People today receive far more medical radiation than ever before. The average lifetime dose of diagnostic radiation has increased sevenfold since 1980, and more than half of all cancer patients receive radiation therapy.

Often, patients know little about the harm that can result when safety rules are violated and ever more powerful and technologically complex machines go awry.   The complexity of medical radiation technology has created new avenues for error—through software flaws, faulty programming, poor safety procedures or inadequate staffing and training.

When those errors occur, they can be deadly.

Regulators and researchers can only guess how often radiotherapy accidents occur. Accidents are chronically underreported, and some states do not require that they be reported at all.

Last year a Philadelphia hospital gave the wrong radiation dose to more than 90 patients with prostate cancer—and then kept quiet about it. In 2005, a Florida hospital disclosed that 77 brain cancer patients had received 50 percent more radiation than prescribed because a powerful linear accelerator had been programmed incorrectly for nearly a year.

When the treatment is worse than the disease, it’s time to find another treatment.

If you haven’t read the entire NY Times article, I would encourage you to do so as they provide graphic details of the complications that have occurred during these types of x-ray “accidents.”

As the article makes clear, anyone receiving x-rays for treatment of cancer is particularly prone to these fatal mistakes, since the doses involved are massive.

If you or someone you know is receiving this type of therapy, you need to print the NY Times article out and bring it to your doctor and DEMAND that they explain in CAREFUL detail how they are going to prevent this from happening to you.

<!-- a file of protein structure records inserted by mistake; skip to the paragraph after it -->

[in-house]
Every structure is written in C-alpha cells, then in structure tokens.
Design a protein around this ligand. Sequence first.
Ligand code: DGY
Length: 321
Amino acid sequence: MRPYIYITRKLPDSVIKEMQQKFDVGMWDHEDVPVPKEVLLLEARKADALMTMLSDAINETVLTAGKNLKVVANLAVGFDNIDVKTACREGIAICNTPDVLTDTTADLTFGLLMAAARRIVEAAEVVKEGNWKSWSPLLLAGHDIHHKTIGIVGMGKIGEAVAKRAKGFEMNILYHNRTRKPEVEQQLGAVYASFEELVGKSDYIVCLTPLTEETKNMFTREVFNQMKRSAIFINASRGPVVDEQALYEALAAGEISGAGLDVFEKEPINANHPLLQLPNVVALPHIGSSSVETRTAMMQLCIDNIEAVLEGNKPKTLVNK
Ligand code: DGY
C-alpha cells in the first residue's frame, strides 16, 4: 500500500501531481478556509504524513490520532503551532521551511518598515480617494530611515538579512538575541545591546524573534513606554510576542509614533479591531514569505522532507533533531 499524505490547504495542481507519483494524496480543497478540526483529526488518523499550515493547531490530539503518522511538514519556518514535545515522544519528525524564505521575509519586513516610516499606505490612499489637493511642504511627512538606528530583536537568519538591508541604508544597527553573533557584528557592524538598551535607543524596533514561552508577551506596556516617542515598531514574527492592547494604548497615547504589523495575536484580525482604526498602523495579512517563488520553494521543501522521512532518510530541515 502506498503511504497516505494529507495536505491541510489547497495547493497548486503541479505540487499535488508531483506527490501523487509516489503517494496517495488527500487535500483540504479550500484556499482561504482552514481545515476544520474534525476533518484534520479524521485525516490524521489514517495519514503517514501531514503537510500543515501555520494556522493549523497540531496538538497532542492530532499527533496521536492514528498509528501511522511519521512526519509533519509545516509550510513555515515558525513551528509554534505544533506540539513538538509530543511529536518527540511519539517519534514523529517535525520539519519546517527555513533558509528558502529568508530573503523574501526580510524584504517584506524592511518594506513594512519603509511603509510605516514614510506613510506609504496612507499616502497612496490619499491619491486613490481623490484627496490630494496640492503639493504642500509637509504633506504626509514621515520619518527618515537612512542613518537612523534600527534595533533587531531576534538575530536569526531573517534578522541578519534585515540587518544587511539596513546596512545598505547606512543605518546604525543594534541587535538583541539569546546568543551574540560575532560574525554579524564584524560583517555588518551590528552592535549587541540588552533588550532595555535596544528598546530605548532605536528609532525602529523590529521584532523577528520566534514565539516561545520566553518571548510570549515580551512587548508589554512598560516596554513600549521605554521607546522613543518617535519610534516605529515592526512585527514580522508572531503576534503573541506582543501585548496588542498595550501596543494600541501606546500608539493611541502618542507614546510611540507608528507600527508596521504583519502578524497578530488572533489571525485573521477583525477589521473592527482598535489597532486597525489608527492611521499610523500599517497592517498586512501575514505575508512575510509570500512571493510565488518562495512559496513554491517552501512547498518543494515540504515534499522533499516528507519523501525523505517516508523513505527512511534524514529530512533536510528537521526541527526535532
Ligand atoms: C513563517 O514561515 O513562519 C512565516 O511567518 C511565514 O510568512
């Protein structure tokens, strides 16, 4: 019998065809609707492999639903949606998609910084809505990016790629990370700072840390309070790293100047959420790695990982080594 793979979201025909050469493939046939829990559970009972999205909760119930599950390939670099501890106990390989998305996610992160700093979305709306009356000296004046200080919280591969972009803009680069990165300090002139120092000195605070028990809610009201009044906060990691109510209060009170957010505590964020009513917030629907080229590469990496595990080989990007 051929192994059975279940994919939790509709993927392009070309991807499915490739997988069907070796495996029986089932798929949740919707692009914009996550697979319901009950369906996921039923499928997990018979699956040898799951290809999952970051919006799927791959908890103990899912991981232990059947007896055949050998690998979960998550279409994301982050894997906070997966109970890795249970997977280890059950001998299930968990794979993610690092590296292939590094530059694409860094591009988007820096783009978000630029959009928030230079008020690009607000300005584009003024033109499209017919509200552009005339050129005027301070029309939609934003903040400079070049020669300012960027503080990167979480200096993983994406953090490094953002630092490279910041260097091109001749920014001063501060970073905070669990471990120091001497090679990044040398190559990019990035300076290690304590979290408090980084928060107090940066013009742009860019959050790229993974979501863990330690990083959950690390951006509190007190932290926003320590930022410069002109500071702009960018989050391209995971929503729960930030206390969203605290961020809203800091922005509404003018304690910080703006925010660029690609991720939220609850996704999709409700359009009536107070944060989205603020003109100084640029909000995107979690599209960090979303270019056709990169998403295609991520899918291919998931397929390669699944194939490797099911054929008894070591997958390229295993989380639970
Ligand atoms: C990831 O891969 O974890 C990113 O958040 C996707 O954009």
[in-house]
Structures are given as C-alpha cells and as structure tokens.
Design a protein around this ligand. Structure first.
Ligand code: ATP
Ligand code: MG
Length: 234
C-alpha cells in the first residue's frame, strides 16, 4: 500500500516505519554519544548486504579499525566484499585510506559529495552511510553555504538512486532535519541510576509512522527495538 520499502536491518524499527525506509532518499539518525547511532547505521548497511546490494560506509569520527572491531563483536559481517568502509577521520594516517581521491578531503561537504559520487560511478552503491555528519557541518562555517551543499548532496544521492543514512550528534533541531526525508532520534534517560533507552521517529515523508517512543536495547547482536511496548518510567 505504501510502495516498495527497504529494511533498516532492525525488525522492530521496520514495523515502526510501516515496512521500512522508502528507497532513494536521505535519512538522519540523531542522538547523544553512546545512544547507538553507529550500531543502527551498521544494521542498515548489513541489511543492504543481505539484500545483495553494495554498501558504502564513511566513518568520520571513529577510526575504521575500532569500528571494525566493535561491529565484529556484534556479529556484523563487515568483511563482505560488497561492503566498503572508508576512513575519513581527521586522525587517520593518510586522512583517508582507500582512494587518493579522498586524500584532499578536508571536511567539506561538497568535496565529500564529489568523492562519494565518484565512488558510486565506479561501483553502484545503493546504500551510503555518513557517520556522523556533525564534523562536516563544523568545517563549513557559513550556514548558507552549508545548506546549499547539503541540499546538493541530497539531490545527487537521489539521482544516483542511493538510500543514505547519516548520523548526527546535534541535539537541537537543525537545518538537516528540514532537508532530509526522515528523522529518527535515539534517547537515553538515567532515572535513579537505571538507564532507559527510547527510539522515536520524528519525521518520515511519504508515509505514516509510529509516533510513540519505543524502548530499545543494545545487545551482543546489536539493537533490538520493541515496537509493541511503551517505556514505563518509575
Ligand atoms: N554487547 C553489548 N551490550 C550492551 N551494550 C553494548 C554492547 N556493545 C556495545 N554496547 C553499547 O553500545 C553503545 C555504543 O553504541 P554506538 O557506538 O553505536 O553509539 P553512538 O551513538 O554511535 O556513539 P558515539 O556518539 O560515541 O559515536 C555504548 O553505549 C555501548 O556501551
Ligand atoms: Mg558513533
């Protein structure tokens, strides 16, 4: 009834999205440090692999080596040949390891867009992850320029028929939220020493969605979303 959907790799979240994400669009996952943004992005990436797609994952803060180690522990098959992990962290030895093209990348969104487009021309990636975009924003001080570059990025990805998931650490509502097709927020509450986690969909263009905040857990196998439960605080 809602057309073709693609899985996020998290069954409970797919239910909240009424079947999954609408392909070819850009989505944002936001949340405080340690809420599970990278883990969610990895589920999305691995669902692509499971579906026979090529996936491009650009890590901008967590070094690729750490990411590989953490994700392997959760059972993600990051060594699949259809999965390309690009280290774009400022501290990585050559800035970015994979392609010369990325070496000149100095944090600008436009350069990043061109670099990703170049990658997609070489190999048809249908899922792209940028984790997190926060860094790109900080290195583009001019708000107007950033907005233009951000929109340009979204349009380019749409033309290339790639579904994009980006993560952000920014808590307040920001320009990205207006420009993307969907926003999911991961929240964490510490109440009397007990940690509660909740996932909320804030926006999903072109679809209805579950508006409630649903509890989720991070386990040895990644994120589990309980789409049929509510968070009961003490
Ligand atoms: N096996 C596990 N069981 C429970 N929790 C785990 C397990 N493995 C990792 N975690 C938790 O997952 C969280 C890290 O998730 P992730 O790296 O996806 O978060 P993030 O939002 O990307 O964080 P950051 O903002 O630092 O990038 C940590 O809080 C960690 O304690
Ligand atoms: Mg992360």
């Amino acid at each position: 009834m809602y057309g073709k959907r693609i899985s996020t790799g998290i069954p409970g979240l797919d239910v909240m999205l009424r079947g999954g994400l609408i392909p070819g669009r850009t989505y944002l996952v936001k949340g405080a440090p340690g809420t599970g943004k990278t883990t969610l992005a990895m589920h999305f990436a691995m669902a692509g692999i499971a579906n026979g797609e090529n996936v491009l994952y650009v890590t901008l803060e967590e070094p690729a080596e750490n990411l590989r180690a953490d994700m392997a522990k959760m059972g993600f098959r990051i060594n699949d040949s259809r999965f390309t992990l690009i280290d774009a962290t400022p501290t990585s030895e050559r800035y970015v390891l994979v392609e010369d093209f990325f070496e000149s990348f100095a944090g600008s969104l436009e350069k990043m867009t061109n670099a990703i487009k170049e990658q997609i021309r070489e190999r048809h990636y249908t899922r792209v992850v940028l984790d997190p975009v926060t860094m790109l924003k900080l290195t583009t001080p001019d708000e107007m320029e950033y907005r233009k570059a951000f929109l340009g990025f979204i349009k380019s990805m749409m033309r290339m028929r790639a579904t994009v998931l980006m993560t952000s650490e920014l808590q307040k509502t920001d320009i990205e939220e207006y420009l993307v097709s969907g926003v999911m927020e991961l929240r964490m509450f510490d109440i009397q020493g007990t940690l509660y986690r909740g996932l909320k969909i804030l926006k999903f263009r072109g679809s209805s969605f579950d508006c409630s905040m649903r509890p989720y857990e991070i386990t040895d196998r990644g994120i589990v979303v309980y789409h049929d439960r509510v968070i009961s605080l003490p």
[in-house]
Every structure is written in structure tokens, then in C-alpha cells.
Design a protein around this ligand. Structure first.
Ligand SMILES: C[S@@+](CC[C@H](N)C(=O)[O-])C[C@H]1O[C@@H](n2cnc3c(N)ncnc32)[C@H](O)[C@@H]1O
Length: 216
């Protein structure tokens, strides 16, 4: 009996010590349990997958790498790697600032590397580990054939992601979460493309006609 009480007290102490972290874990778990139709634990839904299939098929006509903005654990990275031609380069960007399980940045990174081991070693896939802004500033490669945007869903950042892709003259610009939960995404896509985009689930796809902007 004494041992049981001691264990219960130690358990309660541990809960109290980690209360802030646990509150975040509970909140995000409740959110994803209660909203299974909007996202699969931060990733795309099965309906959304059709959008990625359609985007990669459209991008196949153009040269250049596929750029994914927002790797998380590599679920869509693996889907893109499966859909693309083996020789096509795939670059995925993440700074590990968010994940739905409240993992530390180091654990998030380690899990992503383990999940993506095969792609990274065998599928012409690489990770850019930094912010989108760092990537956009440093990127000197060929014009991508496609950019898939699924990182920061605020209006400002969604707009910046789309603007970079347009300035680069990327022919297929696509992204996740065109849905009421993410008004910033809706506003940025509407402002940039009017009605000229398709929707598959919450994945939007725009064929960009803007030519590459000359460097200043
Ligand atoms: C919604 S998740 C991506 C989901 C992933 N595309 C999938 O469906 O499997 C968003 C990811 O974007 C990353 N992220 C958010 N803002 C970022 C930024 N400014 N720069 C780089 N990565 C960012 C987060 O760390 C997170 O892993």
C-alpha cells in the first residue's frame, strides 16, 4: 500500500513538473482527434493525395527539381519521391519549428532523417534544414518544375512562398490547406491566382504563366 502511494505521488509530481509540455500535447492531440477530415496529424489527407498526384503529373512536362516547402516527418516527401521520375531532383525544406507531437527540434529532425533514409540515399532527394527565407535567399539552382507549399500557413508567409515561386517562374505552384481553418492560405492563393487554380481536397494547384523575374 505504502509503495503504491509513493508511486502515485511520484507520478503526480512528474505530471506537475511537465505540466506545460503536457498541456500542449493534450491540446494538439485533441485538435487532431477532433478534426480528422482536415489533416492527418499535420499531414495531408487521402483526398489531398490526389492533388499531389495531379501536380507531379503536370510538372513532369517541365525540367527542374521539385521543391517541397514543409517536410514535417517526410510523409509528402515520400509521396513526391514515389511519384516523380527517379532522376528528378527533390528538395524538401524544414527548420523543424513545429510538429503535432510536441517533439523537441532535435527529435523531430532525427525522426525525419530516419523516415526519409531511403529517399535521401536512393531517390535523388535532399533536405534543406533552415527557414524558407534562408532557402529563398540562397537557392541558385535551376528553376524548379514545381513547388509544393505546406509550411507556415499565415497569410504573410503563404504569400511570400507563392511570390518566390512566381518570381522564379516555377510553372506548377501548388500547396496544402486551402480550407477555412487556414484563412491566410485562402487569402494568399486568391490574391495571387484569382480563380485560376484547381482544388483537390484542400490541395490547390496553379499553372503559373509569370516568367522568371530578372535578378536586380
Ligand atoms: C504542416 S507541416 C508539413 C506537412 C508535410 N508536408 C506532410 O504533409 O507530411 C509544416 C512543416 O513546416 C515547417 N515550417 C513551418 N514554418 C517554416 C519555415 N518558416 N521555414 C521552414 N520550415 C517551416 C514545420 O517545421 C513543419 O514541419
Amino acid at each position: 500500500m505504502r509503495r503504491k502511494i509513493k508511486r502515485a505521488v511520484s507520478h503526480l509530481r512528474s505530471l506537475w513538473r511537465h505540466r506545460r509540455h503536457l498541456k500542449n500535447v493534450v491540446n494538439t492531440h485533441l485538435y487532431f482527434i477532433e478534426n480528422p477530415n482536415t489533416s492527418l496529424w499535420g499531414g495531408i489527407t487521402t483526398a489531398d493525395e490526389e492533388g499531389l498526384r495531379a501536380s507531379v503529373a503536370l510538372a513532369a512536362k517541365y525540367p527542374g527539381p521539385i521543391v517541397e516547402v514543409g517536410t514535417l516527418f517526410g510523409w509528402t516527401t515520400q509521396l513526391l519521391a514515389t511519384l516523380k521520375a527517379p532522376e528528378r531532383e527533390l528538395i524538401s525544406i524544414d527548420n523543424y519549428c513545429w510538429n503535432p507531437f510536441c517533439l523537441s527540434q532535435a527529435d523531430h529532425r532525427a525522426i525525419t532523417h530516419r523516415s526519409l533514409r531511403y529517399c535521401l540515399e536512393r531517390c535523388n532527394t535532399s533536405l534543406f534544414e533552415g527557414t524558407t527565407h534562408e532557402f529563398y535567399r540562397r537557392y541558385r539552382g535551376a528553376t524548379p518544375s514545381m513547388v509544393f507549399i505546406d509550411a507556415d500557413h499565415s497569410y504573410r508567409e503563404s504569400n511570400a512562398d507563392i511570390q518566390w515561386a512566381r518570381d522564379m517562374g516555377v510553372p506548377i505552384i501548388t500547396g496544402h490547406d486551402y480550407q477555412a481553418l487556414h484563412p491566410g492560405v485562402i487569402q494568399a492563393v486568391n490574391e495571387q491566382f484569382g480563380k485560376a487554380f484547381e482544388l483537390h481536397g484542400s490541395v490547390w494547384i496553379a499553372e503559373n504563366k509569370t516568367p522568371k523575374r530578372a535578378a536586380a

Is Non-Accidental X-Ray Treatment Safe?

Setting aside the problem of medical errors for a moment, even x-rays that are used “as directed” can expose you to significant risk.

A host of epidemiological studies have strongly suggested that x-rays and other ionizing radiation are a cause of most types of human cancer. X-rays may even be responsible for most of the deaths from cancer and ischemic heart disease, according to John Gofman, MD, PhD, a professor at U. C. Berkeley and one of the leading experts in the world. Gofman is a nuclear physicist and a medical doctor who wrote a book on the subject.

Ionizing radiation is a uniquely potent mutagen due to its ability to wreak havoc upon your cells and their genetic code.   Your cells are unable to repair the very complex genetic damage done by x-rays. Some of the mutated cells die, but others do not, and the cells that go on living have a proliferative advantage—giving rise to the most aggressive cancers.

Unlike some other mutagens, x-rays have access to the genetic molecules of every one of your internal organs, if the organ is within range of the x-ray beam. Even a single high-speed, high-energy electron, set into motion by an x-ray photon, can bounce around and cause you irreparable damage.   


 X-rays are 2 to 4 times more mutagenic than high-energy beta and gamma rays, per rad (R) of exposure. Fluoroscopy is particularly damaging because the x-ray beam stays “on” during the procedure.

DBM COMMENTRead as much as you can on radiation treatments BEFORE deciding what you think is best for you.  We hope this information will offer some additional, alternative insight.  READ ON – THEN DECIDE…


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